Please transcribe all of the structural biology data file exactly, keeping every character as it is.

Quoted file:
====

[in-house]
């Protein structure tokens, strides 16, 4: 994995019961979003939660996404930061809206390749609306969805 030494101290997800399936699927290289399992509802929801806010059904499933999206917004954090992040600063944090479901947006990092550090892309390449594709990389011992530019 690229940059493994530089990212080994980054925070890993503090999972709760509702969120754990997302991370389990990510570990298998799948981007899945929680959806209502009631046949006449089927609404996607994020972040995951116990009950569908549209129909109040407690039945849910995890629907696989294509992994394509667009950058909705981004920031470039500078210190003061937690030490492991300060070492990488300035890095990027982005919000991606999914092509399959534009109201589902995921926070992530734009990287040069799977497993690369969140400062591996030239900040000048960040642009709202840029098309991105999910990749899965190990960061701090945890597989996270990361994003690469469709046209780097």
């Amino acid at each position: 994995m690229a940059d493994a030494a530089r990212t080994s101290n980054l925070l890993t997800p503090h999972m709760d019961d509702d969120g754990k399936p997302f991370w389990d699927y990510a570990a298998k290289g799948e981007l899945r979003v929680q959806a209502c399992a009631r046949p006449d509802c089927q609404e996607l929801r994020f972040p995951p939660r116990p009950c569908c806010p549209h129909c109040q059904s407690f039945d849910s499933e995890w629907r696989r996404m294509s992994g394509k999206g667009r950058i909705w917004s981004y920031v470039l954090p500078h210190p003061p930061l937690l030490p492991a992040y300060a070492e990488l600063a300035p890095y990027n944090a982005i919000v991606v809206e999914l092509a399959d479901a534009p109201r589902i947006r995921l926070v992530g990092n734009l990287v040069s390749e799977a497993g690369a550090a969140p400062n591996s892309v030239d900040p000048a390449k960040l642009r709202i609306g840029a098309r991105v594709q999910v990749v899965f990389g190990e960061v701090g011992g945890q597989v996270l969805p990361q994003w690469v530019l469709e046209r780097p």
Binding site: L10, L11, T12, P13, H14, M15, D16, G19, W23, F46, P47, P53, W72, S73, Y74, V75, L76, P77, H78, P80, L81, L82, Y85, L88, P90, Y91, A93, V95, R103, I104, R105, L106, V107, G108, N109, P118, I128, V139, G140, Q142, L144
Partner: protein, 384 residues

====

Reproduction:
[in-house]
């Protein structure tokens, strides 16, 4: 994995019961979003939660996404930061809206390749609306969805 030494101290997800399936699927290289399992509802929801806010059904499933999206917004954090992040600063944090479901947006990092550090892309390449594709990389011992530019 690229940059493994530089990212080994980054925070890993503090999972709760509702969120754990997302991370389990990510570990298998799948981007899945929680959806209502009631046949006449089927609404996607994020972040995951116990009950569908549209129909109040407690039945849910995890629907696989294509992994394509667009950058909705981004920031470039500078210190003061937690030490492991300060070492990488300035890095990027982005919000991606999914092509399959534009109201589902995921926070992530734009990287040069799977497993690369969140400062591996030239900040000048960040642009709202840029098309991105999910990749899965190990960061701090945890597989996270990361994003690469469709046209780097």
């Amino acid at each position: 994995m690229a940059d493994a030494a530089r990212t080994s101290n980054l925070l890993t997800p503090h999972m709760d019961d509702d969120g754990k399936p997302f991370w389990d699927y990510a570990a298998k290289g799948e981007l899945r979003v929680q959806a209502c399992a009631r046949p006449d509802c089927q609404e996607l929801r994020f972040p995951p939660r116990p009950c569908c806010p549209h129909c109040q059904s407690f039945d849910s499933e995890w629907r696989r996404m294509s992994g394509k999206g667009r950058i909705w917004s981004y920031v470039l954090p500078h210190p003061p930061l937690l030490p492991a992040y300060a070492e990488l600063a300035p890095y990027n944090a982005i919000v991606v809206e999914l092509a399959d479901a534009p109201r589902i947006r995921l926070v992530g990092n734009l990287v040069s390749e799977a497993g690369a550090a969140p400062n591996s892309v030239d900040p000048a390449k960040l642009r709202i609306g840029a098309r991105v594709q999910v990749v899965f990389g190990e960061v701090g011992g945890q597989v996270l969805p990361q994003w690469v530019l469709e046209r780097p």
Binding site: L10, L11, T12, P13, H14, M15, D16, G19, W23, F46, P47, P53, W72, S73, Y74, V75, L76, P77, H78, P80, L81, L82, Y85, L88, P90, Y91, A93, V95, R103, I104, R105, L106, V107, G108, N109, P118, I128, V139, G140, Q142, L144
Partner: protein, 384 residues